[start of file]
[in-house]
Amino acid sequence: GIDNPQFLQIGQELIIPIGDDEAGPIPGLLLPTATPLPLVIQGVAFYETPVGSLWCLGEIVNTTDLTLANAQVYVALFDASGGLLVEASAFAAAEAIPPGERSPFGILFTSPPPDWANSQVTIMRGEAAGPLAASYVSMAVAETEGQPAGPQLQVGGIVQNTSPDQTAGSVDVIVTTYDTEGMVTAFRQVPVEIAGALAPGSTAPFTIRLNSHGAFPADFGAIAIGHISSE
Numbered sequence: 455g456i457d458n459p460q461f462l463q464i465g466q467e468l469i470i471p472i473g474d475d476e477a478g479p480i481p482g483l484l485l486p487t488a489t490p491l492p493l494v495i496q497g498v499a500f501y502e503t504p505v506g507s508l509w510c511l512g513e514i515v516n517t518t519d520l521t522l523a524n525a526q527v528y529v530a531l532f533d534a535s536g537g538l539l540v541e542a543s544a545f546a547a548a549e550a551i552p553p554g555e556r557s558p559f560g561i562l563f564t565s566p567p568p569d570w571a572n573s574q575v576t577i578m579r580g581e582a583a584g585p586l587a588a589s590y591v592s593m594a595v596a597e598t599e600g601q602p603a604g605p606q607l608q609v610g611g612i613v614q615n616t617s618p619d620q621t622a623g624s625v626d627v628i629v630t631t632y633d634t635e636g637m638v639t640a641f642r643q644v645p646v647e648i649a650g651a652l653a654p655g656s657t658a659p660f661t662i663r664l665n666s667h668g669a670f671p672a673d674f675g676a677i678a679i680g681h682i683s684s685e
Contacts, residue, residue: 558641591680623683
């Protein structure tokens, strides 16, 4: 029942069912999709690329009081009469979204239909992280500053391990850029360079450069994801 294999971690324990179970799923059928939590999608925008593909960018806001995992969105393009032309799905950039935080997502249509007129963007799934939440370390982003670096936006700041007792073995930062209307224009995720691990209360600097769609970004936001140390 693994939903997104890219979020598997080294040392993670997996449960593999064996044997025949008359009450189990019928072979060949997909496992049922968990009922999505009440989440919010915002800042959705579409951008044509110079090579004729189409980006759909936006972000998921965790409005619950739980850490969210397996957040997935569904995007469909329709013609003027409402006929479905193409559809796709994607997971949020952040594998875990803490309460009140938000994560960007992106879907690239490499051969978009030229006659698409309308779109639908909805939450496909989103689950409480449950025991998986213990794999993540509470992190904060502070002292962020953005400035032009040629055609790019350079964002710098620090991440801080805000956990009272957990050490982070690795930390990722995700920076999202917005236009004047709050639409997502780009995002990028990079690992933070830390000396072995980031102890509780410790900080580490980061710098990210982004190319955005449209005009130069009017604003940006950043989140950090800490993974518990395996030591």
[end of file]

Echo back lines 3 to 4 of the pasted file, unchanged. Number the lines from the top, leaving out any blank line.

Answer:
Numbered sequence: 455g456i457d458n459p460q461f462l463q464i465g466q467e468l469i470i471p472i473g474d475d476e477a478g479p480i481p482g483l484l485l486p487t488a489t490p491l492p493l494v495i496q497g498v499a500f501y502e503t504p505v506g507s508l509w510c511l512g513e514i515v516n517t518t519d520l521t522l523a524n525a526q527v528y529v530a531l532f533d534a535s536g537g538l539l540v541e542a543s544a545f546a547a548a549e550a551i552p553p554g555e556r557s558p559f560g561i562l563f564t565s566p567p568p569d570w571a572n573s574q575v576t577i578m579r580g581e582a583a584g585p586l587a588a589s590y591v592s593m594a595v596a597e598t599e600g601q602p603a604g605p606q607l608q609v610g611g612i613v614q615n616t617s618p619d620q621t622a623g624s625v626d627v628i629v630t631t632y633d634t635e636g637m638v639t640a641f642r643q644v645p646v647e648i649a650g651a652l653a654p655g656s657t658a659p660f661t662i663r664l665n666s667h668g669a670f671p672a673d674f675g676a677i678a679i680g681h682i683s684s685e
Contacts, residue, residue: 558641591680623683